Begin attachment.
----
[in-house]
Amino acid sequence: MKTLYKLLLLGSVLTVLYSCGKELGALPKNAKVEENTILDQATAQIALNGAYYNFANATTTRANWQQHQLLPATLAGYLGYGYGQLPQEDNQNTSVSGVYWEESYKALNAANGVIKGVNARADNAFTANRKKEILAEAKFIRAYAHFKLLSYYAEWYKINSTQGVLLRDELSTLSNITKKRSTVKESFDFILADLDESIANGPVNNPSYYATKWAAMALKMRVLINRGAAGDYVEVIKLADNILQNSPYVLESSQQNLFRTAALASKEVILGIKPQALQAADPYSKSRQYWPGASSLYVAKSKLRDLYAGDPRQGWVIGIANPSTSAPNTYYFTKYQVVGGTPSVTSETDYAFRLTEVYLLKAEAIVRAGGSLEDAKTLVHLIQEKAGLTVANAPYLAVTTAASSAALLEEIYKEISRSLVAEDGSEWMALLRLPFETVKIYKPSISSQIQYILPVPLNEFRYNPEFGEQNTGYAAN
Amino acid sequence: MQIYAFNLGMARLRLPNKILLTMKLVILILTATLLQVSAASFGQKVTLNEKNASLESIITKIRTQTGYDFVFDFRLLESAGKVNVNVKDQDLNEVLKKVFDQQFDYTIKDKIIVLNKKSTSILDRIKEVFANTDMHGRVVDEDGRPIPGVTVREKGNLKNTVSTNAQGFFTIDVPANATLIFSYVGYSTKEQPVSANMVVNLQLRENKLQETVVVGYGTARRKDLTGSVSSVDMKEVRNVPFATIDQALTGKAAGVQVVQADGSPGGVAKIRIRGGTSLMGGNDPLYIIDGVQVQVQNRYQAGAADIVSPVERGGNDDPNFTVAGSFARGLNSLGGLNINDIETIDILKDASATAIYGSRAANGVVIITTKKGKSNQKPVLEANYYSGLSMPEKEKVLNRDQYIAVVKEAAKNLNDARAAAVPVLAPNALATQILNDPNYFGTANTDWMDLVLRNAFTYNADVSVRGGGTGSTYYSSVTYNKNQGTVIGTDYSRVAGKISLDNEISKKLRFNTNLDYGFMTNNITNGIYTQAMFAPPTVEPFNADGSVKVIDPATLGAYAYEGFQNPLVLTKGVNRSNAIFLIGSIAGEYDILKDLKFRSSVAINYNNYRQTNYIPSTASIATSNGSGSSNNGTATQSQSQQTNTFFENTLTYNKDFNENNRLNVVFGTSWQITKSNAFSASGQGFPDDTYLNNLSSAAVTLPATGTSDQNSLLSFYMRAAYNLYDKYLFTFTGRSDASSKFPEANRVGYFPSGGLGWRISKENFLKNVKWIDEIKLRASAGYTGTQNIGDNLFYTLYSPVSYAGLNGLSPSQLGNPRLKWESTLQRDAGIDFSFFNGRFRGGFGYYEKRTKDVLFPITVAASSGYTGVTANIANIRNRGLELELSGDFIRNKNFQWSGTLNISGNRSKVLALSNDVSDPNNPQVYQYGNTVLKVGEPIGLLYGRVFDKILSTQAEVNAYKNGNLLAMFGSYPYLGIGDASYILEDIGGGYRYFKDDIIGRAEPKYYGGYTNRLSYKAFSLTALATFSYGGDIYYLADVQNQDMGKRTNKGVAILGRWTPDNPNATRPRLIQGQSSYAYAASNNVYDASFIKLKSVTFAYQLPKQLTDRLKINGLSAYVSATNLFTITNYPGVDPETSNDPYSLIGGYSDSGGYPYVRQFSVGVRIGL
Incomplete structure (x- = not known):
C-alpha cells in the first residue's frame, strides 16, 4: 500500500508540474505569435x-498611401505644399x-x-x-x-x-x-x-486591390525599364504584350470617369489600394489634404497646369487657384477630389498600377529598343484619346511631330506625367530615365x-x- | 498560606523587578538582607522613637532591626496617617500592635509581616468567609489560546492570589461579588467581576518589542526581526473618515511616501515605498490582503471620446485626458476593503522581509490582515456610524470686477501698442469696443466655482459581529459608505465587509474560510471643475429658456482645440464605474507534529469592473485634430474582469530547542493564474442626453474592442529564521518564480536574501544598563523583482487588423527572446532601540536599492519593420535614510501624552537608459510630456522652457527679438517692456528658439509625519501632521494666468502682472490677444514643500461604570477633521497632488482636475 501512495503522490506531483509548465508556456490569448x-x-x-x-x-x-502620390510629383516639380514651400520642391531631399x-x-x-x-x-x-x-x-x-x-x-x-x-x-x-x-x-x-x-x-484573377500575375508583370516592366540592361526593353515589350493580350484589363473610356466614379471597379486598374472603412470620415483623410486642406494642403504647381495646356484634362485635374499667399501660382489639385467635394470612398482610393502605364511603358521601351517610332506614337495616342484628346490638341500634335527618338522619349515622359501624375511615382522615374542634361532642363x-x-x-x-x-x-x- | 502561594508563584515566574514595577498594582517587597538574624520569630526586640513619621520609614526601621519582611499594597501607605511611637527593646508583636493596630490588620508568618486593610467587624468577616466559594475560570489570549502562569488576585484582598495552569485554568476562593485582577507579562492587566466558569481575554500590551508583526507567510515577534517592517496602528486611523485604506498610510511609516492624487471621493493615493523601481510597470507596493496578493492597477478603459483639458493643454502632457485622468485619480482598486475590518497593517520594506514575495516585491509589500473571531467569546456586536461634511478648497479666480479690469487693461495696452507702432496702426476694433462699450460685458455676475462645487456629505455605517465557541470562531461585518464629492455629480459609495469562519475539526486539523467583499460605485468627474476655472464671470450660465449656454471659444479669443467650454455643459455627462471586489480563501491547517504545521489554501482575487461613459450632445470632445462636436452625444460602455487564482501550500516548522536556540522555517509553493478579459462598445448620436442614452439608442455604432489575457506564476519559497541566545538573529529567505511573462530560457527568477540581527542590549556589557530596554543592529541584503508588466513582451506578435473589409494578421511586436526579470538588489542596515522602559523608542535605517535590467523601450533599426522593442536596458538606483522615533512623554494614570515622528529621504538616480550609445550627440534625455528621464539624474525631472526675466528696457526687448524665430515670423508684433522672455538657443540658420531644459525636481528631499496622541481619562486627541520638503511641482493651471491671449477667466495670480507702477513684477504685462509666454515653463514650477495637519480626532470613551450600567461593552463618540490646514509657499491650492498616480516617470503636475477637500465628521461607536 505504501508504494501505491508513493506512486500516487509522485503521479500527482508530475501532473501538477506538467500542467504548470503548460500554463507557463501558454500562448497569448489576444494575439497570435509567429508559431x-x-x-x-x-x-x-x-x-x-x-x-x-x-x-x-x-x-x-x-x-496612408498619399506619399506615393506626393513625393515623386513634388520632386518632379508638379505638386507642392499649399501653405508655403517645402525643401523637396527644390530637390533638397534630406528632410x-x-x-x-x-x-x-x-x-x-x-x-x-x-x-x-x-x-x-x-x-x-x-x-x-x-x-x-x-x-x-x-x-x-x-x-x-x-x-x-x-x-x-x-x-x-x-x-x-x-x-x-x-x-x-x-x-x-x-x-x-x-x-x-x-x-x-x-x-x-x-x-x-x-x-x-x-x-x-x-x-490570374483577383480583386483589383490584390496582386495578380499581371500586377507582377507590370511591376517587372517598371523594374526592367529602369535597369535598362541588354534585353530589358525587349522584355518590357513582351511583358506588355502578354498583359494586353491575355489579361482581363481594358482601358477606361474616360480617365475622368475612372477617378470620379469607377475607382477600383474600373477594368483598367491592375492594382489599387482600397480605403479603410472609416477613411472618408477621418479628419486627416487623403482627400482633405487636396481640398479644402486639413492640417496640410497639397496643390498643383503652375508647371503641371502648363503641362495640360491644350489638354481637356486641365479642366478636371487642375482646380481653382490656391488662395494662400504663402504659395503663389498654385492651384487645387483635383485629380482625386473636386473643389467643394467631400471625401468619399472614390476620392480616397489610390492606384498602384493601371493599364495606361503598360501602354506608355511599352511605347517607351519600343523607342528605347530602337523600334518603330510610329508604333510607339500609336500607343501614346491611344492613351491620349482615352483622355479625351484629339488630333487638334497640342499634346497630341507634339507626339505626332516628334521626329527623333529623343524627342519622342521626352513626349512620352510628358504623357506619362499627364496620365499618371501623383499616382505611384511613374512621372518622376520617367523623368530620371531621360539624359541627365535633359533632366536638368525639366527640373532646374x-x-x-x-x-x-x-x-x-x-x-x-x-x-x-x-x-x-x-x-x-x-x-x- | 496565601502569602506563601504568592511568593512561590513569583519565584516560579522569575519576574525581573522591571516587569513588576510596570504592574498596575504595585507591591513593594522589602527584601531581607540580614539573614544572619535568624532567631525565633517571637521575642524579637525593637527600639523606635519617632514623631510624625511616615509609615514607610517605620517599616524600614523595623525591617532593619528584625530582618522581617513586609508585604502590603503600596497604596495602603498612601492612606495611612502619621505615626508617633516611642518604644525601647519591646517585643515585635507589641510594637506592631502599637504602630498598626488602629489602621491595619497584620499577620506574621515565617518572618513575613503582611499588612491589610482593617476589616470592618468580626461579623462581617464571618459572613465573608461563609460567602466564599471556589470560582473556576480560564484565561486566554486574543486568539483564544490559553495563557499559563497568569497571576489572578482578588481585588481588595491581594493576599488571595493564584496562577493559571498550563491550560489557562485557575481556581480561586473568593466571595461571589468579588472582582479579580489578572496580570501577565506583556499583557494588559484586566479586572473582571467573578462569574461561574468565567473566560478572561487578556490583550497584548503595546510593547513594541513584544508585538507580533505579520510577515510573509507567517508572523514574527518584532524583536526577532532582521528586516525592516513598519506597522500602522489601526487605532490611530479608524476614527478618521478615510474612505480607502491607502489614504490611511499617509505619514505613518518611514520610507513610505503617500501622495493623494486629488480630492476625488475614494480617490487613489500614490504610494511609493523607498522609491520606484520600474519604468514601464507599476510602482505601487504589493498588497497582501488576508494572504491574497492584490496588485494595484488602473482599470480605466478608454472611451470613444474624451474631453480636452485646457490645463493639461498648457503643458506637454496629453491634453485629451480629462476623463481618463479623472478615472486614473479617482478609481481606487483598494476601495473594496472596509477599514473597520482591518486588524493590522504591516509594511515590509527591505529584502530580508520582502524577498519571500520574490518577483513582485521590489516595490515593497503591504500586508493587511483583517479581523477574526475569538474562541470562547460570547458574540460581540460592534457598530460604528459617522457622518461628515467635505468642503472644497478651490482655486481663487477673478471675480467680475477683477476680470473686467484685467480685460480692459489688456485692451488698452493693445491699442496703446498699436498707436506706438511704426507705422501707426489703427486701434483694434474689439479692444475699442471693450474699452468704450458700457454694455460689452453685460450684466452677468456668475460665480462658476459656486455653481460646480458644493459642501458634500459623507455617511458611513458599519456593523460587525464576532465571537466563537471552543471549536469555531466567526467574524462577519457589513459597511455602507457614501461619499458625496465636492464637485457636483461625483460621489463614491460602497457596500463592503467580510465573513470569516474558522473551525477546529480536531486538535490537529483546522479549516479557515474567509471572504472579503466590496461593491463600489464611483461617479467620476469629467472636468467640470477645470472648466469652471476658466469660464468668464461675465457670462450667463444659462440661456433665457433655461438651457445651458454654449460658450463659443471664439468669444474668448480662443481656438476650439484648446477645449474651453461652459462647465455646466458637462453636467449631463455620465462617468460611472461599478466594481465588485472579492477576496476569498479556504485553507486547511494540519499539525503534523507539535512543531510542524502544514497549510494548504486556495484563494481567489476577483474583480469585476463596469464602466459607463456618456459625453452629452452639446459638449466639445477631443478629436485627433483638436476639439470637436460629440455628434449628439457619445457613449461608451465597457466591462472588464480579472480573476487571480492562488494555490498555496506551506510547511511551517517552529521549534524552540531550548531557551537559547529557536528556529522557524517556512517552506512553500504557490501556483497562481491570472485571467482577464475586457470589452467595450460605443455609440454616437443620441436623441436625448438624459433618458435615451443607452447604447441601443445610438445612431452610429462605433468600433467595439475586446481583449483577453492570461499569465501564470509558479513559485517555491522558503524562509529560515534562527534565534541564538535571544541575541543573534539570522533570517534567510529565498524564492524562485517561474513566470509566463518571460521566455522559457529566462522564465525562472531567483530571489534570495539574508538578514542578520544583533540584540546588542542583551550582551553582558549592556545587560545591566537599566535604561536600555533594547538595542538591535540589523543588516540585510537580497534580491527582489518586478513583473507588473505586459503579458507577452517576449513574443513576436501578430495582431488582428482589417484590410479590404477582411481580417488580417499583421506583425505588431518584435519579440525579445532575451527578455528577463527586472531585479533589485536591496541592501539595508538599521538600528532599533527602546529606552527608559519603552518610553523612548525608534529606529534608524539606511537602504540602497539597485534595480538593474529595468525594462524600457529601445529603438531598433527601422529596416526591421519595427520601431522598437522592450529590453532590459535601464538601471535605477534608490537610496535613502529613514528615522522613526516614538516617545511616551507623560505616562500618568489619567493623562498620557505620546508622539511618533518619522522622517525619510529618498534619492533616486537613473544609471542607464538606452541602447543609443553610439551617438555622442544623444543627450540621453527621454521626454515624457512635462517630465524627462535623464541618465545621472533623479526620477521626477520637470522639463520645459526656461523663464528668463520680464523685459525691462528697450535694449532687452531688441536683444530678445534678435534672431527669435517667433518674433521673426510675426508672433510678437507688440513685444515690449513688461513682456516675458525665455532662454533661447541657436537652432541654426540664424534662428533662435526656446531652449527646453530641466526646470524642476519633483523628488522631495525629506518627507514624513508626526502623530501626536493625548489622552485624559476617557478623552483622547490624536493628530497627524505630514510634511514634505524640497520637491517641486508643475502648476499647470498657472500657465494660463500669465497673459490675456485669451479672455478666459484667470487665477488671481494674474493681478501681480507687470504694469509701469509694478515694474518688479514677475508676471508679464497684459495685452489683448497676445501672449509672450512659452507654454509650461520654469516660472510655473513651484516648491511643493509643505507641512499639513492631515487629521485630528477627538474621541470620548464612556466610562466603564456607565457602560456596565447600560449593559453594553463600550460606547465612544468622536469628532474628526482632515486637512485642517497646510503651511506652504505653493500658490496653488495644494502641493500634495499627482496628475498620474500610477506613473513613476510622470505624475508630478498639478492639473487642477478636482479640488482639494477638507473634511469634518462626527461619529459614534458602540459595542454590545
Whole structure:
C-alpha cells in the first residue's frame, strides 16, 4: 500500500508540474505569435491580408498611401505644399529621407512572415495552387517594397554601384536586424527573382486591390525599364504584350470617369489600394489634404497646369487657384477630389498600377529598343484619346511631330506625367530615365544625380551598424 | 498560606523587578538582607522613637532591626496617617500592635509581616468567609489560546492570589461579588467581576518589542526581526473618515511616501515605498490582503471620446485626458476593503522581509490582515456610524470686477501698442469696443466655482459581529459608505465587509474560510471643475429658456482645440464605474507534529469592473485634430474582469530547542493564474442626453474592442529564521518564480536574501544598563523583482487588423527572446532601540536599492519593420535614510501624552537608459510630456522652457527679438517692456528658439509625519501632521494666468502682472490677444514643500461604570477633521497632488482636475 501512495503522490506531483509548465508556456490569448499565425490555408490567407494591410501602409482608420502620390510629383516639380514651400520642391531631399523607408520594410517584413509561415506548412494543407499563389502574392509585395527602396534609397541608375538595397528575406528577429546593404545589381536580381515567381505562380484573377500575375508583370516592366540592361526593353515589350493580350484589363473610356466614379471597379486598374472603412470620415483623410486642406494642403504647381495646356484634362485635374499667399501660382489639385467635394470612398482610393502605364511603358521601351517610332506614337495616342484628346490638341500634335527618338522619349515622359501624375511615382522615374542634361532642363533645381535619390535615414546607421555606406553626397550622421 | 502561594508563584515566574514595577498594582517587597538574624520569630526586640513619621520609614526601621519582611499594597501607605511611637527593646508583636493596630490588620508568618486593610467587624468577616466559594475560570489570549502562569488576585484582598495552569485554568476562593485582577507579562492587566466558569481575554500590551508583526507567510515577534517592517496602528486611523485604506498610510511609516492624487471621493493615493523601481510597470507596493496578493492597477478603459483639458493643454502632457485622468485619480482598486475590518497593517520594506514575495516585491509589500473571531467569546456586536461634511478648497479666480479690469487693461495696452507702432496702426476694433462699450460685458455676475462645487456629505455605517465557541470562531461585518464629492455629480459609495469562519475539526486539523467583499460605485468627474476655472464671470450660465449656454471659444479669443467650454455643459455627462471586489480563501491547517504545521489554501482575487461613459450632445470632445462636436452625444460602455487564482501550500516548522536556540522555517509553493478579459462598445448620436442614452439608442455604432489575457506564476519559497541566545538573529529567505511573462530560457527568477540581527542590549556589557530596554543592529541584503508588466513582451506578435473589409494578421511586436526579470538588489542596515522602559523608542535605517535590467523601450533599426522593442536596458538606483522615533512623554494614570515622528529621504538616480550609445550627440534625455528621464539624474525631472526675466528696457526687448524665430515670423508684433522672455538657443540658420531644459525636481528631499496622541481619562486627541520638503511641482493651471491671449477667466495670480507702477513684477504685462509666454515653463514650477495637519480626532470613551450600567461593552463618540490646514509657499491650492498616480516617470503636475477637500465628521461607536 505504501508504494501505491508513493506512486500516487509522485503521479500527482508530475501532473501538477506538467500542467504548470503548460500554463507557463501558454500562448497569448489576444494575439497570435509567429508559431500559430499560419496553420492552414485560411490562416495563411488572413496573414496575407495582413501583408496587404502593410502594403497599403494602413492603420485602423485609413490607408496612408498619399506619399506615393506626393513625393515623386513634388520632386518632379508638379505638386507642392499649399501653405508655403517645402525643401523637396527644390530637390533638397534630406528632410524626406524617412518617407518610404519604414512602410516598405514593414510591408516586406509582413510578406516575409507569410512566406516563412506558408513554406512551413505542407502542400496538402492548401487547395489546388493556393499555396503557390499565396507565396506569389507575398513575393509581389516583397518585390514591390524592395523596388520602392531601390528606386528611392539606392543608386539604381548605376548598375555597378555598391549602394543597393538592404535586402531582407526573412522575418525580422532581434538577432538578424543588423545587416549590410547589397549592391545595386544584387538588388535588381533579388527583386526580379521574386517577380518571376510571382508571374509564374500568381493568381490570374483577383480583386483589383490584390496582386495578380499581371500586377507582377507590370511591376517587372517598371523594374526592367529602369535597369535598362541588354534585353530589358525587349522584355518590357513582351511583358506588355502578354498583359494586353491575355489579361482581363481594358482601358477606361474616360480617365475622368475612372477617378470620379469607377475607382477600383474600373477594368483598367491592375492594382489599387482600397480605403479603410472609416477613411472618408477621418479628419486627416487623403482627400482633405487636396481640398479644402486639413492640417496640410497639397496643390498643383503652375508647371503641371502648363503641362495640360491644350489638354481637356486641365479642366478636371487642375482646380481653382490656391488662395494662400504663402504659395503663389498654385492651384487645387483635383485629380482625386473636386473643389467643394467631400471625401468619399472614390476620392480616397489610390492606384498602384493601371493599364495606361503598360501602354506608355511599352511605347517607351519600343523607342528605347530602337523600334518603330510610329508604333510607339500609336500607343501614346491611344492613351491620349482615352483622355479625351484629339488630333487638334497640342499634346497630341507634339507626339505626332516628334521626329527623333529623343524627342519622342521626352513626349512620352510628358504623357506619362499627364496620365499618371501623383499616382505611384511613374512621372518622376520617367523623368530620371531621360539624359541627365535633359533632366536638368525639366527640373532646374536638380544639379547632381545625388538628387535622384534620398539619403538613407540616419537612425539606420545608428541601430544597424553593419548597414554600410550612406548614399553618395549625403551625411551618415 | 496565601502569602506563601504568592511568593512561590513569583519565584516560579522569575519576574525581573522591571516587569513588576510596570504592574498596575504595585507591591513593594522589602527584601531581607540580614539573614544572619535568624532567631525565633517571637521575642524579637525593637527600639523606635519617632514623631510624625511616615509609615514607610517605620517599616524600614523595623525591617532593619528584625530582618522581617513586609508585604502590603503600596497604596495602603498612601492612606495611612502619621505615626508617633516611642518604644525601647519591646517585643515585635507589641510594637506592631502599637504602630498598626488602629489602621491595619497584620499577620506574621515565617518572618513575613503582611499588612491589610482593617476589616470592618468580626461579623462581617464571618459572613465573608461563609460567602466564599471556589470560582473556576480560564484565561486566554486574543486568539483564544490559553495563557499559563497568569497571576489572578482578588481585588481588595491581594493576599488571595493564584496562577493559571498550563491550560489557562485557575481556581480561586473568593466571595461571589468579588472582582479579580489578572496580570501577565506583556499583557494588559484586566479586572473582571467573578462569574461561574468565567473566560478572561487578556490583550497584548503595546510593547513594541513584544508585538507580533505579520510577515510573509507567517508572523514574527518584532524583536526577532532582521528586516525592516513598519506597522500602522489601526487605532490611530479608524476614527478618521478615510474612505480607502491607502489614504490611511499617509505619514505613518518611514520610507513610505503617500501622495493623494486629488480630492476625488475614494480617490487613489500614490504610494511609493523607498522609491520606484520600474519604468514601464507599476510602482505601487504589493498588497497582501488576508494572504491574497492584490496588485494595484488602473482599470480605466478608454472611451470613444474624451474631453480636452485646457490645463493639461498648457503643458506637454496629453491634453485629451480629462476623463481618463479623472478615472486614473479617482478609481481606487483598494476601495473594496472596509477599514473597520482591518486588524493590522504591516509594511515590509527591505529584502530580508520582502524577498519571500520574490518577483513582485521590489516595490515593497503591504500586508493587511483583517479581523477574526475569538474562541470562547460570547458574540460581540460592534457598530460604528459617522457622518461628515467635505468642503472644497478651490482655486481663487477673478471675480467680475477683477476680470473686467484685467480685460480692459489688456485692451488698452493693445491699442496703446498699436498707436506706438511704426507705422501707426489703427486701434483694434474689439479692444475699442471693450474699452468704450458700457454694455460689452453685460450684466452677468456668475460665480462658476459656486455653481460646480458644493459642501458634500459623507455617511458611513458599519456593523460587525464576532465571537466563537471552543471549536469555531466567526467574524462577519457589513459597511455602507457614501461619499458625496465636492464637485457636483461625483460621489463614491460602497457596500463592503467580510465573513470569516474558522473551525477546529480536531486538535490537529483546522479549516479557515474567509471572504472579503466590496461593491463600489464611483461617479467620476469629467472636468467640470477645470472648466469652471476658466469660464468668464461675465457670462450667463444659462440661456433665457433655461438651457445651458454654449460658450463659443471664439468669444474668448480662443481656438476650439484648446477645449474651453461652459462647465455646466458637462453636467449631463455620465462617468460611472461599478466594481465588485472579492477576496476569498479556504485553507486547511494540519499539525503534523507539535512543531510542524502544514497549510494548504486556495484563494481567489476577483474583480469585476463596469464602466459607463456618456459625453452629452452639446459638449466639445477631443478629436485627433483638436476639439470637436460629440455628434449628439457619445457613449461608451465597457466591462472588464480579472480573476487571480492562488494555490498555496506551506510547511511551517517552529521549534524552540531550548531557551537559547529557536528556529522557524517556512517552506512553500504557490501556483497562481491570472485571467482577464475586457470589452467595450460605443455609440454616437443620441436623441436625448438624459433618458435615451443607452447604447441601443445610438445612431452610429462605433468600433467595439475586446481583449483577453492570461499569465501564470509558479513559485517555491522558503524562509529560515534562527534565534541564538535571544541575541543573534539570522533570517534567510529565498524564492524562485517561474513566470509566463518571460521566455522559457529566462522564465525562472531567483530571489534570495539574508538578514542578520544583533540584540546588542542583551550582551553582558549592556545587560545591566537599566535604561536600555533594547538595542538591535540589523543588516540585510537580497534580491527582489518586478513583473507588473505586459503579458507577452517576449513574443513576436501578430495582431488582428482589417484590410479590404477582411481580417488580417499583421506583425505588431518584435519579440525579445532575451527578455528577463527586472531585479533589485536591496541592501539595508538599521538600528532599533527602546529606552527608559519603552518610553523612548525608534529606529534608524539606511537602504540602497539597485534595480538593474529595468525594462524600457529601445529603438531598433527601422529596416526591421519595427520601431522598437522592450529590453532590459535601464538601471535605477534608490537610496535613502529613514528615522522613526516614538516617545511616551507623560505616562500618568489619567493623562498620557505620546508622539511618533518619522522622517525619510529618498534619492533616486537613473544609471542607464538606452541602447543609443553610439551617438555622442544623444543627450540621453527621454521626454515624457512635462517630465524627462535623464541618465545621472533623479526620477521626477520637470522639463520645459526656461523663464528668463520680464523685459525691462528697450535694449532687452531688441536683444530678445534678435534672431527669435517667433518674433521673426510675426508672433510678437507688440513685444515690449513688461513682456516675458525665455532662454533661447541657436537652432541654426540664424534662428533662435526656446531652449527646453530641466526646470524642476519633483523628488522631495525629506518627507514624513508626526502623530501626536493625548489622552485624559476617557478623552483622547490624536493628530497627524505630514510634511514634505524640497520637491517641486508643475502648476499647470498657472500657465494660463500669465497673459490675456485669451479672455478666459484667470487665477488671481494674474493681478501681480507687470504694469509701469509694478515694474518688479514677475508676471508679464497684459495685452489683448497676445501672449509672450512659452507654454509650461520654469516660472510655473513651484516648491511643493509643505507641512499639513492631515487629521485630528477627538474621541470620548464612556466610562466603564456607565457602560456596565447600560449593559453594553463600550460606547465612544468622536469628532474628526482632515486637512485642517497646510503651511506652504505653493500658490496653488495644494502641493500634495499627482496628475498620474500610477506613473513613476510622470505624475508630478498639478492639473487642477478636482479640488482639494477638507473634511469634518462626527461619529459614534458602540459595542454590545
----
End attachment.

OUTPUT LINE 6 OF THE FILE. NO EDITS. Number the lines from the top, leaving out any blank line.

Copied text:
Whole structure: